Ceiling lights should preferably be supplied with reflectors, especially when the ceilings are high.

Indirect lighting is employed to some extent. By indirect lighting we mean a system of illumination in which the light sources are concealed and the light from them is reflected to the room by the walls, or ceilings, or other surfaces; or in which the light sources are plated above a diffusing panel. In the latter case the diffusing plate appears to be the source of light. In some cases the walls themselves are shaped and constructed so as to form the reflectors for the light units (cove lighting), but in others all of the reflecting surfaces, except the side walls and ceiling, are made portions of the lamp fixtures. Tables XVI and XVII give data on arc and mercury-vapor lamps for lighting large rooms. Table XVII refers to arc lights as actually installed.

Table XVI. Cooper-Hewitt Lamps

Service

Height of Lamp

C. P. of Unit

Av. Area for Lamp in Square Feet

Foundry

10-15 ft.

300

900

"

20-25 "

700

2250

Machine Shop

10-15 "

300

500

Erecting Shop

20-30 "

700

1250

Drafting room

15 "

300

300

"

20 "

700

400

Offices

10-15 "

300

400

"

20-25 "

700

750

Ordinary labour

10-15 "

300

1100

" "

20-25 "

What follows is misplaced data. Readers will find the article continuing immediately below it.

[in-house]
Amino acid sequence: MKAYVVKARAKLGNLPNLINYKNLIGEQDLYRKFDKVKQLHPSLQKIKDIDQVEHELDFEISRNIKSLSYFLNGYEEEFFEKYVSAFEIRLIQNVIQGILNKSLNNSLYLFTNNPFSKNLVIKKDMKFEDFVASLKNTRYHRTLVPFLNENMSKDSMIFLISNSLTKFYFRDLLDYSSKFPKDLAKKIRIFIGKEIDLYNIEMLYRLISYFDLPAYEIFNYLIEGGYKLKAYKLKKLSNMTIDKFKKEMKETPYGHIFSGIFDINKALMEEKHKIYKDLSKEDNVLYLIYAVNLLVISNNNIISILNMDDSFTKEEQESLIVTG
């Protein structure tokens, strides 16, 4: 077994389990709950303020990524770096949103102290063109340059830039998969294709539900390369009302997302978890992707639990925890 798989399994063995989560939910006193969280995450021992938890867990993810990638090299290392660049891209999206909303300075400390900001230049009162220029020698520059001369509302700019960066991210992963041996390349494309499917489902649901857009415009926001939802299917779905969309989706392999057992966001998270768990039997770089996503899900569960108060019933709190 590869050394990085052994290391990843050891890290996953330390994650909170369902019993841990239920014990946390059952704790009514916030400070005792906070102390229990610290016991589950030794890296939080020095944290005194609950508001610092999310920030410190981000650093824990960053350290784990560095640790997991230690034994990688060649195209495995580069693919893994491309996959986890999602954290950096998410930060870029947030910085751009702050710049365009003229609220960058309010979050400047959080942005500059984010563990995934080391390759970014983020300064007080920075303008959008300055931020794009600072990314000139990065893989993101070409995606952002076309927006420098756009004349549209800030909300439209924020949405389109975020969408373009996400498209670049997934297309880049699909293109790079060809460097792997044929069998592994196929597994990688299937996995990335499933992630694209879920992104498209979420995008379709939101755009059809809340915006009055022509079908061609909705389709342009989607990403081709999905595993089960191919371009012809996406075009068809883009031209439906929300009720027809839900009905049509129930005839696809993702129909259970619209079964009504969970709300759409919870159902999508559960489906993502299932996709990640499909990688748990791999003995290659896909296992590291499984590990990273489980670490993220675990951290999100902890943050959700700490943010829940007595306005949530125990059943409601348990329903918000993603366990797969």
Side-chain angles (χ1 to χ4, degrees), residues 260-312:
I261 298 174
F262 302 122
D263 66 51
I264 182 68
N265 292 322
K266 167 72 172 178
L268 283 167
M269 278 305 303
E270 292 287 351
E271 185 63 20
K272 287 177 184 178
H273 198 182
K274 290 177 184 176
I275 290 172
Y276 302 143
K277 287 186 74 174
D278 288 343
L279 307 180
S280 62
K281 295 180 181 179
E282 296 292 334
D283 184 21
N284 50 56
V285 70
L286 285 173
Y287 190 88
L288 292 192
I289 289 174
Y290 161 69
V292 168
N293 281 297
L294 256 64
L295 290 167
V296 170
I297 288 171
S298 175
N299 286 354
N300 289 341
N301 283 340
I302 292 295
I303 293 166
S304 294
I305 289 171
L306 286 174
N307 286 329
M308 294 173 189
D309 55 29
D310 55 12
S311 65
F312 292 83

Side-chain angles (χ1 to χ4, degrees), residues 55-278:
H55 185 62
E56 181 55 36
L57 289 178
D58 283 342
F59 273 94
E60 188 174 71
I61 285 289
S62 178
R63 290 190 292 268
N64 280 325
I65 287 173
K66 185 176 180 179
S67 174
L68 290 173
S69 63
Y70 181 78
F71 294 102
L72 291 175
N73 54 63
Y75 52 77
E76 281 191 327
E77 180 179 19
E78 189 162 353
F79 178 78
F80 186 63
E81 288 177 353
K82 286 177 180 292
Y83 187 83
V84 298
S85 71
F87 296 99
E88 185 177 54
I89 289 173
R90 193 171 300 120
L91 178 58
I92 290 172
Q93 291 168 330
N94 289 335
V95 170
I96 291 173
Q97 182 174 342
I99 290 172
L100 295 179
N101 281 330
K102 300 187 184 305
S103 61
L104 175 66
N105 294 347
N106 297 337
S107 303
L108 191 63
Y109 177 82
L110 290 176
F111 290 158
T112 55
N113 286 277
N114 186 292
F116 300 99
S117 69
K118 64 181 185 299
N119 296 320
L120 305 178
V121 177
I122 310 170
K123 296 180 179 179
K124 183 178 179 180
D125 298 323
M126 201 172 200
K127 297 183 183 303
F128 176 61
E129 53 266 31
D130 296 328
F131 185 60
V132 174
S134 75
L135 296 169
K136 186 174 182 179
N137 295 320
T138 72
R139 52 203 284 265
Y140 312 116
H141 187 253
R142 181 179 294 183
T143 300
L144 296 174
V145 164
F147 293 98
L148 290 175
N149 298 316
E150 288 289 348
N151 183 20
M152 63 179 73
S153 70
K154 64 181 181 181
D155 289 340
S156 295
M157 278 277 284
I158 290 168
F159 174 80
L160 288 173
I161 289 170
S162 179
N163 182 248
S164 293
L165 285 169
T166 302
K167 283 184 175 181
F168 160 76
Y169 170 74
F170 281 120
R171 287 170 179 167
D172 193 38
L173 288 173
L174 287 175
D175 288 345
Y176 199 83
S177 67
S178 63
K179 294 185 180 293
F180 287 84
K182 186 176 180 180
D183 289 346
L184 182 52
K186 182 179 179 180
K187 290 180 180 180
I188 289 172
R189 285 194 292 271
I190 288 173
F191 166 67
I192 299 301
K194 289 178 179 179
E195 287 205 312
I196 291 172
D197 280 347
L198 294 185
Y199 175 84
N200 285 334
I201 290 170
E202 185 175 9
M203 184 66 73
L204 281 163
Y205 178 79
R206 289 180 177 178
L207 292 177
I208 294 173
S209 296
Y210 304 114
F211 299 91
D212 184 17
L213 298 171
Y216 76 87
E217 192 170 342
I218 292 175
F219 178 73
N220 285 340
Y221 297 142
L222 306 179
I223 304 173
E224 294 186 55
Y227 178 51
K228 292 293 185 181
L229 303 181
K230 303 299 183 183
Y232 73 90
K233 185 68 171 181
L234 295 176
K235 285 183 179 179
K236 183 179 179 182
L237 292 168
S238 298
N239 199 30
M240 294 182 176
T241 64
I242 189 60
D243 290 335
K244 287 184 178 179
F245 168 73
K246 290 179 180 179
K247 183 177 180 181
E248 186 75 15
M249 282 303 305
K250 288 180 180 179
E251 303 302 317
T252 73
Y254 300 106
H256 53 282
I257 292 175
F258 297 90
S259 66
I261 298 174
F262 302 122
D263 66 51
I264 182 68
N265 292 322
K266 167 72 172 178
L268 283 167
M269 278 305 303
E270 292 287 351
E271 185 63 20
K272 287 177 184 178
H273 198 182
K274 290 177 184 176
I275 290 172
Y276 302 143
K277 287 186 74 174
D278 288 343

700

2750

Table XVII. Lighting Data For Arc Lamps

Place Lighted

Clothing Store

Weave Room

Erecting Room

Machine Shop

Drafting Room

Drafting Room

Ship Shed

Cataloging Dept.

Jewelry Store

No. of sq. ft. place lighted. .

4000

14400

281600

42250

6275

5690

69000

4136

4000

No. lamps used..

12

50

200

42

27

24

50

17

6

Circuit...

A. C. Mult.

D. C. Mult.

D. C. Mult.

D. C. Mult.

A. C Series

D. C. Mult.

D. C. Mult.

D. C. Mult.

D. C. Mult.

Cycles......

60

60

Volts line.....

104

110

120

120

120

220

110

110

Amperes.....

6

3 1/4

6.2

6 2

7.5

4

0

4 1/2

5

Volts at arc..

72

75

80

80

72

80

80

80

80

Power factor of lamp...

.69

.86

Watts per lamp..

430

357

744

744

490

4S0

660

495

550

Watts per sq. ft. (term.) . .

1.29

1.24

.53

.74

2.11

2.02

.478

2.03

825

Kw. at term, (whole installation).....

5.16

17.8

148.8

31.25

13.22

11 .52

33

8.42

3.3

Kw. at arc (whole installation) ...

4.62

12.28

99 .2

20.8

12.42

7.68

24

6.12

2.4

Sq. ft. lighted per lamp.

333

288

1408

1006

232

237

1380

243

667

Sq. ft. lighted per amp.

55.6

88.6

227

162

31

59.2

230

54.1

133.5

Enclosing globe..

Opal.

Opal.

Opal.

Opal.

Opal.

Opal.

Opal.

Height and style of ceiling .

12' white steel

Saw Toothed

Trussed

Trussed

12' White

Trussed

160' Trussed

13' 9" Maroon

16' 10' White

Reflector system used.

Concentric Diffuser

Adjust. Diffuser

9" Mirror

9" Mirror

Concentric Diffuser

16 Adj.Dif. 8 Con.Dif.

12" Mirror

Concentric Diffuser

Concentric Diffuser

Height of arc from floor___

9' 6"

12'to 15'

46'

47'

9'

15'

150'

10' 7"

13' 2"

Distance between lamps.

14' to 18'

24'

32' to 38'

30' 9"

15'

12'to 25'

17'to 20'

14 to 18'

16'to 25'